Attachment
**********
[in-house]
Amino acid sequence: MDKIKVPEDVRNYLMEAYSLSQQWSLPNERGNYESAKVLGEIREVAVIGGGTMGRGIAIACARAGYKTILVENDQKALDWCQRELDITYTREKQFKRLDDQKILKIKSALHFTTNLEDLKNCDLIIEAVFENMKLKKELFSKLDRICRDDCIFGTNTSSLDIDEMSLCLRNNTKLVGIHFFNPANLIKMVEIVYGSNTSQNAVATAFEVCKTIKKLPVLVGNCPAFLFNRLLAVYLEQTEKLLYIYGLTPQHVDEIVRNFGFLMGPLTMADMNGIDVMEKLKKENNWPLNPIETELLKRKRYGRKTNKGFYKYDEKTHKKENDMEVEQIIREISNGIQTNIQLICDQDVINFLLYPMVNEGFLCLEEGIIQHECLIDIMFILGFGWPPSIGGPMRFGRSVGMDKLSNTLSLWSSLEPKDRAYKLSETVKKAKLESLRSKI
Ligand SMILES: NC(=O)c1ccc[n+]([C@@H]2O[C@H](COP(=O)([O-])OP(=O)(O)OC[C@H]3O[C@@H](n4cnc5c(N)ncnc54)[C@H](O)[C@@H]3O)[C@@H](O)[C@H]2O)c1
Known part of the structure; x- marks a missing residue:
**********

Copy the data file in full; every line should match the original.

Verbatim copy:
[in-house]
Amino acid sequence: MDKIKVPEDVRNYLMEAYSLSQQWSLPNERGNYESAKVLGEIREVAVIGGGTMGRGIAIACARAGYKTILVENDQKALDWCQRELDITYTREKQFKRLDDQKILKIKSALHFTTNLEDLKNCDLIIEAVFENMKLKKELFSKLDRICRDDCIFGTNTSSLDIDEMSLCLRNNTKLVGIHFFNPANLIKMVEIVYGSNTSQNAVATAFEVCKTIKKLPVLVGNCPAFLFNRLLAVYLEQTEKLLYIYGLTPQHVDEIVRNFGFLMGPLTMADMNGIDVMEKLKKENNWPLNPIETELLKRKRYGRKTNKGFYKYDEKTHKKENDMEVEQIIREISNGIQTNIQLICDQDVINFLLYPMVNEGFLCLEEGIIQHECLIDIMFILGFGWPPSIGGPMRFGRSVGMDKLSNTLSLWSSLEPKDRAYKLSETVKKAKLESLRSKI
Ligand SMILES: NC(=O)c1ccc[n+]([C@@H]2O[C@H](COP(=O)([O-])OP(=O)(O)OC[C@H]3O[C@@H](n4cnc5c(N)ncnc54)[C@H](O)[C@@H]3O)[C@@H](O)[C@H]2O)c1
Known part of the structure; x- marks a missing residue: